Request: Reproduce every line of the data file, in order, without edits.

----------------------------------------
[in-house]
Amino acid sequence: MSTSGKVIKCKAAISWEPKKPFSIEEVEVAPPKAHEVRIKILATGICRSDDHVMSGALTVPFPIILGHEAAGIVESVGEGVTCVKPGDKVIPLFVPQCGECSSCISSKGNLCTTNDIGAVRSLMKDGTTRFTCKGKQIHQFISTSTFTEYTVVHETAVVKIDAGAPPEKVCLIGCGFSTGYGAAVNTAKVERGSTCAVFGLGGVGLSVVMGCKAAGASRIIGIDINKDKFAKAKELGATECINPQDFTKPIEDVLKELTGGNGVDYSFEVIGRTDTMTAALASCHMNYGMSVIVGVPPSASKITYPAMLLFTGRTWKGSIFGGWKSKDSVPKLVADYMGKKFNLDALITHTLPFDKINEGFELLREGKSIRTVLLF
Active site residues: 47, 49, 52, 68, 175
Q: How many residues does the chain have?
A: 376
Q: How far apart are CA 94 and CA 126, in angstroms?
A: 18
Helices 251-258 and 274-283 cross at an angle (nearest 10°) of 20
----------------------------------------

[in-house]
Amino acid sequence: MSTSGKVIKCKAAISWEPKKPFSIEEVEVAPPKAHEVRIKILATGICRSDDHVMSGALTVPFPIILGHEAAGIVESVGEGVTCVKPGDKVIPLFVPQCGECSSCISSKGNLCTTNDIGAVRSLMKDGTTRFTCKGKQIHQFISTSTFTEYTVVHETAVVKIDAGAPPEKVCLIGCGFSTGYGAAVNTAKVERGSTCAVFGLGGVGLSVVMGCKAAGASRIIGIDINKDKFAKAKELGATECINPQDFTKPIEDVLKELTGGNGVDYSFEVIGRTDTMTAALASCHMNYGMSVIVGVPPSASKITYPAMLLFTGRTWKGSIFGGWKSKDSVPKLVADYMGKKFNLDALITHTLPFDKINEGFELLREGKSIRTVLLF
Active site residues: 47, 49, 52, 68, 175
Q: How many residues does the chain have?
A: 376
Q: How far apart are CA 94 and CA 126, in angstroms?
A: 18
Helices 251-258 and 274-283 cross at an angle (nearest 10°) of 20